Texas Medicaid Rolls Grow Even Without Expansion
More than 80,000 Texans have enrolled in Medicaid or the Children's Health Insurance Program since the rollout of the Affordable Care Act last fall, despite the state's decision not to participate in the health law's expansion of eligibility. Enrollment and marketplace developments in Colorado and Maryland are also tracked.
The Texas Tribune: Texas Sees Rise In Medicaid Sign-Ups
More than 80,000 additional Texans have enrolled in Medicaid or the Children's Health Insurance Program since the rollout of the Affordable Care Act last fall despite Republican state leaders' decision not to expand eligibility to poor adults, according to federal figures. The 80,435 new enrollees as of May — mostly Texans who already qualified for coverage but did not previously seek it — represent a 1.8 percent increase over pre-Obamacare figures (Okun, 7/15).
Houston Chronicle: Even Without Expansion, Texas Medicaid Rolls Rise
[Rosa] Ruiz' children are among a flood of Texans who joined the Medicaid rolls this year after long being eligible without knowing it. A new report shows the number of state residents on Medicaid or the Children's Health Insurance Program, or CHIP, grew by more than 80,000 between last summer and this May, a 1.8 percent spike, despite the Legislature's decision to reject the expansion of Medicaid under the federal Affordable Care Act. Overall, 4.52 million Texans now are on one of the federal programs, according to the report from the national Centers for Medicare & Medicaid Services. Most are children (Rosenthal, 7/15).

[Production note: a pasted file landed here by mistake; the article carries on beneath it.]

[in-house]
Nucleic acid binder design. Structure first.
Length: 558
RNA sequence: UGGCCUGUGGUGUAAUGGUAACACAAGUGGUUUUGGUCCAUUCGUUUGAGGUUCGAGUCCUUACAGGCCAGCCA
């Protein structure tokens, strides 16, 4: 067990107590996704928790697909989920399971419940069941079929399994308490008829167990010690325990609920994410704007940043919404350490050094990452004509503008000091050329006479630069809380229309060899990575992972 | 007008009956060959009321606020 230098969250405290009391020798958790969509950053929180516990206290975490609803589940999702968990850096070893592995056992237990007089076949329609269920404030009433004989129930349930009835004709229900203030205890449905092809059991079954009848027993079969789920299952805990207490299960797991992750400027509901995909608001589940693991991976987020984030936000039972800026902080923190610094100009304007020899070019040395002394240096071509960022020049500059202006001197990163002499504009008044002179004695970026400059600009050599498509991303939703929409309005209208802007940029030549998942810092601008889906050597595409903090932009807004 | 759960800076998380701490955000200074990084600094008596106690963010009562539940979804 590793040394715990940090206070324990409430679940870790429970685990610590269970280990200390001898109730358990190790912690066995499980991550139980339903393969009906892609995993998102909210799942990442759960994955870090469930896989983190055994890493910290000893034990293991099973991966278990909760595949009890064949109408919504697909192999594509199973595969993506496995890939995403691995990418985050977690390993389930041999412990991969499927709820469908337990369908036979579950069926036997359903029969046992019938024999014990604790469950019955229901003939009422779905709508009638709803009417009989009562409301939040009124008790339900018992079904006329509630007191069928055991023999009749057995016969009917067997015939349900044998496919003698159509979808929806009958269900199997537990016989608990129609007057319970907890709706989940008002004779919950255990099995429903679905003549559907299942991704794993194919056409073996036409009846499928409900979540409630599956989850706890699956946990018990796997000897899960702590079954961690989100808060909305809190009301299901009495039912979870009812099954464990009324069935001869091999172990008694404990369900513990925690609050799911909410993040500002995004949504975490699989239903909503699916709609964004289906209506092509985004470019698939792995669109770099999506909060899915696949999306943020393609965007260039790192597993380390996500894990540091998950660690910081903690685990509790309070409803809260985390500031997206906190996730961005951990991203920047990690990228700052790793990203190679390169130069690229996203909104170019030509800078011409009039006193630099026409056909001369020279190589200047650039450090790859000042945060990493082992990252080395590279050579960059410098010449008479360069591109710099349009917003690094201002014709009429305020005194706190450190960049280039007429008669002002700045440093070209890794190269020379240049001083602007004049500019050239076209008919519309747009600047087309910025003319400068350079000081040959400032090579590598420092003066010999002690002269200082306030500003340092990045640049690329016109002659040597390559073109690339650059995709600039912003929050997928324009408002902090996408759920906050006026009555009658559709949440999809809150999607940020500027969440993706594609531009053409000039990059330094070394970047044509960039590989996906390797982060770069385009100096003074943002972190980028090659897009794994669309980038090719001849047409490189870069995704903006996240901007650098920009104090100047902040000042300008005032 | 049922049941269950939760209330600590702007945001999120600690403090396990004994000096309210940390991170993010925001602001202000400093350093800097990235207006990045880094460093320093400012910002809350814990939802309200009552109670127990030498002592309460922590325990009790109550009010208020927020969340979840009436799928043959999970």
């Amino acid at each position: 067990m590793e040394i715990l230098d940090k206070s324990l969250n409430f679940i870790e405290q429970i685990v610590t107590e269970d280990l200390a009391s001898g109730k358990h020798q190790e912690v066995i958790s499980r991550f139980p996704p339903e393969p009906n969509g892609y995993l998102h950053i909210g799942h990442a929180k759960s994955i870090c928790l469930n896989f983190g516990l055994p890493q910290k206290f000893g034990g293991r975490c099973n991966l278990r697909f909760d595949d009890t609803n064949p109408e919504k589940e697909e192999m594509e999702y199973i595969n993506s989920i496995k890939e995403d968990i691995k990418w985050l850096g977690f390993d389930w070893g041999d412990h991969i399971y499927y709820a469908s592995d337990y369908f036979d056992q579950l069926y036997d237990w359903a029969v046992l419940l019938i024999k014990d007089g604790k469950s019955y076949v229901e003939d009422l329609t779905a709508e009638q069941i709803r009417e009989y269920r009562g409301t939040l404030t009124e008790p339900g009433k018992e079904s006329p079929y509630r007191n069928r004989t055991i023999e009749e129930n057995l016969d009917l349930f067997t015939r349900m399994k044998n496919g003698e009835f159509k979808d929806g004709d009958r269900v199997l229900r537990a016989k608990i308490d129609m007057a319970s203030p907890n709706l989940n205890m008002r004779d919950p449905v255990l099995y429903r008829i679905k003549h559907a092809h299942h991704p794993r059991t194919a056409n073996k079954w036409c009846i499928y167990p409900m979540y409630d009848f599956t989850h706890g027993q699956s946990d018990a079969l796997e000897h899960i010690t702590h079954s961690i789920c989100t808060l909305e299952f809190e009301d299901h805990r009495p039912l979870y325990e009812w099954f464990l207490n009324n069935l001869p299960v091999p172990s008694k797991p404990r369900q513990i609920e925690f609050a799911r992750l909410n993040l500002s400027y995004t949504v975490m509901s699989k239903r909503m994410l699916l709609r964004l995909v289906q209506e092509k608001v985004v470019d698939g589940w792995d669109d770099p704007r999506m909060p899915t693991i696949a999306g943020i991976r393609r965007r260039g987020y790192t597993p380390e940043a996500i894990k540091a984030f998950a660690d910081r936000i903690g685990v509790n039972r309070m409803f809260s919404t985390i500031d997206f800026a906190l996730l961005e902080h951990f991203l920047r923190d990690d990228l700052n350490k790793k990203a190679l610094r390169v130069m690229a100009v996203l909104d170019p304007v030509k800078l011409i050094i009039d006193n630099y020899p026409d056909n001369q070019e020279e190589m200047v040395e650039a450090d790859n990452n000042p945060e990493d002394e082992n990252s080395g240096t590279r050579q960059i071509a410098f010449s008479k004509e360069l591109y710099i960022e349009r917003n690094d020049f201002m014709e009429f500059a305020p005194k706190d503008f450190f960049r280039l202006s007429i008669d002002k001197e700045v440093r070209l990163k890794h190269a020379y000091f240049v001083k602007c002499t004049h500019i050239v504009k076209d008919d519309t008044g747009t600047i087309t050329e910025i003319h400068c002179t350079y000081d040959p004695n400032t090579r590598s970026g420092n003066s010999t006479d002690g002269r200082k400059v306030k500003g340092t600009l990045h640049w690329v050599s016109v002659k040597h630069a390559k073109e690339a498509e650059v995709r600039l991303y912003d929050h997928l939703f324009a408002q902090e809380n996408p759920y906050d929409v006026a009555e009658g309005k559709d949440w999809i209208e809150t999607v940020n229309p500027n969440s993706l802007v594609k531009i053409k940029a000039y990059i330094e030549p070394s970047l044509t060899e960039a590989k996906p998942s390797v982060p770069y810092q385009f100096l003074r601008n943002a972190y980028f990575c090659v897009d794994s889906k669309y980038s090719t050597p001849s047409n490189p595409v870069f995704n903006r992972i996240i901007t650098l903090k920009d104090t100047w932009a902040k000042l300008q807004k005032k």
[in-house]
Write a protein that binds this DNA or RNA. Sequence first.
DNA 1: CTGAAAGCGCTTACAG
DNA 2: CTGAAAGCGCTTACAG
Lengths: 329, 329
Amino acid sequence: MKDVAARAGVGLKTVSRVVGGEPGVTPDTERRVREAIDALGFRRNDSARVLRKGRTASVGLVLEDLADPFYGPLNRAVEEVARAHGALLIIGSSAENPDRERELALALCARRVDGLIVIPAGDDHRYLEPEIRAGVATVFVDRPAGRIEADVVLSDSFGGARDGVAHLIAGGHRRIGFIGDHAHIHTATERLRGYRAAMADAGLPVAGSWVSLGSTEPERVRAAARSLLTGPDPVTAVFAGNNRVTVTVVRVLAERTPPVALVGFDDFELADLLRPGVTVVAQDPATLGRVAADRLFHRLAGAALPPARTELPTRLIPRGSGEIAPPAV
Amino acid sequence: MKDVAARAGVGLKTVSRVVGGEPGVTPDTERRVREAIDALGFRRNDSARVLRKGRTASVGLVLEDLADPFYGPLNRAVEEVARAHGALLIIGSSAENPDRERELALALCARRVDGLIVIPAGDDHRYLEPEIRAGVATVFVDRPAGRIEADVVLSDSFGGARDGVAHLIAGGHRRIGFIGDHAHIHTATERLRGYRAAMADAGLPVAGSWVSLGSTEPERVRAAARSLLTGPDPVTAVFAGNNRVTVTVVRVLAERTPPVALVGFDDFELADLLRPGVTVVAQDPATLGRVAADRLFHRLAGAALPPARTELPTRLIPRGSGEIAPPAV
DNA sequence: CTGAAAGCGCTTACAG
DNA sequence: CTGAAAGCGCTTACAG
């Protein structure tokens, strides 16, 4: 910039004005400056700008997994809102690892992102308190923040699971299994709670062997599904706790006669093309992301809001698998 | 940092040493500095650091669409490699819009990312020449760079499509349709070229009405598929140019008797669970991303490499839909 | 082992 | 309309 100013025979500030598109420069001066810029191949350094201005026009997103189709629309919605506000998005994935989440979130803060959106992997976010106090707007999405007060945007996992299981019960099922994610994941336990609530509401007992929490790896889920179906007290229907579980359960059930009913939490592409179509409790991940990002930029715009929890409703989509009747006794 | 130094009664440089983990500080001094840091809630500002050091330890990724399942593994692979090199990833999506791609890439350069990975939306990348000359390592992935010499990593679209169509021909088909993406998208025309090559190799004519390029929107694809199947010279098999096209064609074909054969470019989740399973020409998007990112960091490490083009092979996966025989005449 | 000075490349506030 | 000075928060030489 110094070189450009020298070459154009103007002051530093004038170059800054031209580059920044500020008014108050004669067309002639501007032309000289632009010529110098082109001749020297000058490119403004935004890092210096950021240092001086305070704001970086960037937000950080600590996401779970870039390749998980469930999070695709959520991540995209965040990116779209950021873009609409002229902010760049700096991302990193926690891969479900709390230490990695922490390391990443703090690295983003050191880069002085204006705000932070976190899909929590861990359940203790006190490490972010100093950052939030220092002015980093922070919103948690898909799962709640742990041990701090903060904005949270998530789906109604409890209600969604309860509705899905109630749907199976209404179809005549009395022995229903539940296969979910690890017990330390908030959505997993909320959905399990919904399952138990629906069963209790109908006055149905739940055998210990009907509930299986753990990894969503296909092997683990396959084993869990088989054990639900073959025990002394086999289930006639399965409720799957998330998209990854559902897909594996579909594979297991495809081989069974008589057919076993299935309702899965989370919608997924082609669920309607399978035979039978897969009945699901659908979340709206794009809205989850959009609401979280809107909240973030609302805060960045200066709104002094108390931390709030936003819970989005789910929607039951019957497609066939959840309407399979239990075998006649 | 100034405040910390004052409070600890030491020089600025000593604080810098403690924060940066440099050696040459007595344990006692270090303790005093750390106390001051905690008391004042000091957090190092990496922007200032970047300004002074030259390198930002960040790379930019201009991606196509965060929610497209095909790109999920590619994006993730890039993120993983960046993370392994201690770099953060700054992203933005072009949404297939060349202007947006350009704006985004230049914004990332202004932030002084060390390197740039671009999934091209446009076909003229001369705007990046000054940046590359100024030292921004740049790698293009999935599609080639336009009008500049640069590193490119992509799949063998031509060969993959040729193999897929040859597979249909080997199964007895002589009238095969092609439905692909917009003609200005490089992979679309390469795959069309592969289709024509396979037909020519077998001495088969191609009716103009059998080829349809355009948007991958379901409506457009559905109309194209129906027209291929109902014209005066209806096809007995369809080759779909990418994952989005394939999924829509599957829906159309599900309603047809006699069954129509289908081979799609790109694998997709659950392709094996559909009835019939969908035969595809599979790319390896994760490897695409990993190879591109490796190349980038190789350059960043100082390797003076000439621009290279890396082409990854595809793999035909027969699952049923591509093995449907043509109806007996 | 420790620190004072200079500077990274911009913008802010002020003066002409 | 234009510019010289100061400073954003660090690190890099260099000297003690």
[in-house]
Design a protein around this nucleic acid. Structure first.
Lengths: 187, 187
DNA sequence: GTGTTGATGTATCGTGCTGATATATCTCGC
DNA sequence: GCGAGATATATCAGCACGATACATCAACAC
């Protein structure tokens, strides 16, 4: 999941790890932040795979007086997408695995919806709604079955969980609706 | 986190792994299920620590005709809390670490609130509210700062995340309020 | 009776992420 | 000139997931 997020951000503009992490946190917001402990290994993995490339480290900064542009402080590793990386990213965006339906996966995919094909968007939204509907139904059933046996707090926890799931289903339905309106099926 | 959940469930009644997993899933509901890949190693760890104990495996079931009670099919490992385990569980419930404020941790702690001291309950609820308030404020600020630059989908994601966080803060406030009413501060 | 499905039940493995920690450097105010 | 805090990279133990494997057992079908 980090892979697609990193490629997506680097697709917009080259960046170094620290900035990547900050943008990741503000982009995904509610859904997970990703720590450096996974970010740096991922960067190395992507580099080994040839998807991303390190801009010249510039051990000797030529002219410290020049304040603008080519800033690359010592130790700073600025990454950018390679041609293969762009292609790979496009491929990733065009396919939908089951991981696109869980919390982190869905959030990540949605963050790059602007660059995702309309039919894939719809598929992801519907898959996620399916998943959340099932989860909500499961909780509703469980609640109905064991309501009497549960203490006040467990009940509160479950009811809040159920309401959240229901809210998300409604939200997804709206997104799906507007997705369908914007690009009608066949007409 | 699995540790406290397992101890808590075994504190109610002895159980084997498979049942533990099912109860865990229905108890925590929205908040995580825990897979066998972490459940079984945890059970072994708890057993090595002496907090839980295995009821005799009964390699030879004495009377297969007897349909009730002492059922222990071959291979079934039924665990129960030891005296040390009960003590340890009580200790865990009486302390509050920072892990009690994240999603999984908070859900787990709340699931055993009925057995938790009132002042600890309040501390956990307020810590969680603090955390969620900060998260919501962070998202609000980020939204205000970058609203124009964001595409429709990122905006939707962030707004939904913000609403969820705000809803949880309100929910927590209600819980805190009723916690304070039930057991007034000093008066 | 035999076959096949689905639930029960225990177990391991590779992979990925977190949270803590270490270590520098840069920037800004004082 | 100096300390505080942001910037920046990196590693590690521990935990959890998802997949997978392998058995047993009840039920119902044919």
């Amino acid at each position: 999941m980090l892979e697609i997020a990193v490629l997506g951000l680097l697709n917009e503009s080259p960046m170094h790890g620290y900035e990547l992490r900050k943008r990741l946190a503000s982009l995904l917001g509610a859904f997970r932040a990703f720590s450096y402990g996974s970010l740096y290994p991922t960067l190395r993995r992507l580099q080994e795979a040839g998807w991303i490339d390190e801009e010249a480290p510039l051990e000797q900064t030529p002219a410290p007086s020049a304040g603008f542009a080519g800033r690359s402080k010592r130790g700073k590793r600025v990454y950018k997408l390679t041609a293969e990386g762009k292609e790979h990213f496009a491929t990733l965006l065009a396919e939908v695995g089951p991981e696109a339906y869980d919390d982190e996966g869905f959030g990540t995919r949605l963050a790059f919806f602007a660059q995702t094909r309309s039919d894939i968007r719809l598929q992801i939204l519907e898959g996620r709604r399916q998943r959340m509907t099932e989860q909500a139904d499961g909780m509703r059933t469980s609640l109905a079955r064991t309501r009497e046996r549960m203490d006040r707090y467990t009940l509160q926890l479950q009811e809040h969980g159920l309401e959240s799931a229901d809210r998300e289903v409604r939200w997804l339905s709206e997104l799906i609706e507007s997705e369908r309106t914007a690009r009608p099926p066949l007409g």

Health News Colorado: Double-Enrollment Snafu: Who's On The Hook For 'Million Dollar' Claims?
Colorado's Medicaid and health exchange managers simultaneously enrolled about 3,000 people in both public and private health insurance, creating confusion over who will pay claims that could approach $1 million per person for high-cost patients. The problem is also beginning to emerge around the country, and Colorado officials used the weekend meeting of the National Governor's Association in Tennessee to plead for help from federal health officials to halt the potentially costly double enrollments. Colorado's Medicaid Director Sue Birch tried to downplay the problem during a health exchange board meeting on Monday. She said she has identified the people who are double enrolled, is "minimizing the financial magnitude" of the problem and is ensuring that patients are getting care (McCrimmon, 7/15).
The Associated Press: Md. Officials Provide Update On Health Exchange
A computer glitch with Connecticut's health exchange will be corrected in the version Maryland will be using as the state revamps its own troubled website with Connecticut's technology, Maryland’s information technology secretary assured lawmakers Tuesday. As Maryland faces a tight timeline before the next enrollment period begins in four months, Isabel FitzGerald told a legislative oversight panel that the state is on schedule to have its own flawed website fixed with the new technology in time for the next open enrollment period in November (7/15).